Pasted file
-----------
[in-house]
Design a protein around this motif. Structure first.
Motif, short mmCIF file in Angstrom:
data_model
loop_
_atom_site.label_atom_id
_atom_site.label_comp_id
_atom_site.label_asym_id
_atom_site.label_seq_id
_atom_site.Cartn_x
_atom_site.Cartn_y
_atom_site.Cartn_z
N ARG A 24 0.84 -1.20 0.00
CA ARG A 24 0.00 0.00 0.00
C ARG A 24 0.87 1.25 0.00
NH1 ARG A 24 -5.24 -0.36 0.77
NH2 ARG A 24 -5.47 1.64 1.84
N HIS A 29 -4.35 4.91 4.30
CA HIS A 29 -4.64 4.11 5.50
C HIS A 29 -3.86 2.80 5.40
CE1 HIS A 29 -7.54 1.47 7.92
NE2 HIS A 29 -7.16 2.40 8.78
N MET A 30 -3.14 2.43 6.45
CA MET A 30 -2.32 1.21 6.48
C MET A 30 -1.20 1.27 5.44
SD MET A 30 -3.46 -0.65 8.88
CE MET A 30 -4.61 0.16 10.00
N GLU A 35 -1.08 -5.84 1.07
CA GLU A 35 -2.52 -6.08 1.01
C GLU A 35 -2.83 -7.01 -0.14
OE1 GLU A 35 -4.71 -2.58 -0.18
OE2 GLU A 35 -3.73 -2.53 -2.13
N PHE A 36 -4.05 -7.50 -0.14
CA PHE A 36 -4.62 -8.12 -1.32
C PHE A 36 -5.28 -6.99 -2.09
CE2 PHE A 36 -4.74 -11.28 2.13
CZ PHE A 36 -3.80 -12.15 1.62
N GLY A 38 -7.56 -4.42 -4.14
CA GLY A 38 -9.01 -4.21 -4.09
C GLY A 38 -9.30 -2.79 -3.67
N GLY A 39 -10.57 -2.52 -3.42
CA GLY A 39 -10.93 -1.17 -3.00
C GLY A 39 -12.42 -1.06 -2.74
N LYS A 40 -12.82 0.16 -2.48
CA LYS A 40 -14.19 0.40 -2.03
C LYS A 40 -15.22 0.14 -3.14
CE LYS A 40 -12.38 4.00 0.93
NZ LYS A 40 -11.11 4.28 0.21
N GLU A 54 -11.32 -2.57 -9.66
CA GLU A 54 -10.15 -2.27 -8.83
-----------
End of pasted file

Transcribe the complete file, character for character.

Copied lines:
[in-house]
Design a protein around this motif. Structure first.
Motif, short mmCIF file in Angstrom:
data_model
loop_
_atom_site.label_atom_id
_atom_site.label_comp_id
_atom_site.label_asym_id
_atom_site.label_seq_id
_atom_site.Cartn_x
_atom_site.Cartn_y
_atom_site.Cartn_z
N ARG A 24 0.84 -1.20 0.00
CA ARG A 24 0.00 0.00 0.00
C ARG A 24 0.87 1.25 0.00
NH1 ARG A 24 -5.24 -0.36 0.77
NH2 ARG A 24 -5.47 1.64 1.84
N HIS A 29 -4.35 4.91 4.30
CA HIS A 29 -4.64 4.11 5.50
C HIS A 29 -3.86 2.80 5.40
CE1 HIS A 29 -7.54 1.47 7.92
NE2 HIS A 29 -7.16 2.40 8.78
N MET A 30 -3.14 2.43 6.45
CA MET A 30 -2.32 1.21 6.48
C MET A 30 -1.20 1.27 5.44
SD MET A 30 -3.46 -0.65 8.88
CE MET A 30 -4.61 0.16 10.00
N GLU A 35 -1.08 -5.84 1.07
CA GLU A 35 -2.52 -6.08 1.01
C GLU A 35 -2.83 -7.01 -0.14
OE1 GLU A 35 -4.71 -2.58 -0.18
OE2 GLU A 35 -3.73 -2.53 -2.13
N PHE A 36 -4.05 -7.50 -0.14
CA PHE A 36 -4.62 -8.12 -1.32
C PHE A 36 -5.28 -6.99 -2.09
CE2 PHE A 36 -4.74 -11.28 2.13
CZ PHE A 36 -3.80 -12.15 1.62
N GLY A 38 -7.56 -4.42 -4.14
CA GLY A 38 -9.01 -4.21 -4.09
C GLY A 38 -9.30 -2.79 -3.67
N GLY A 39 -10.57 -2.52 -3.42
CA GLY A 39 -10.93 -1.17 -3.00
C GLY A 39 -12.42 -1.06 -2.74
N LYS A 40 -12.82 0.16 -2.48
CA LYS A 40 -14.19 0.40 -2.03
C LYS A 40 -15.22 0.14 -3.14
CE LYS A 40 -12.38 4.00 0.93
NZ LYS A 40 -11.11 4.28 0.21
N GLU A 54 -11.32 -2.57 -9.66
CA GLU A 54 -10.15 -2.27 -8.83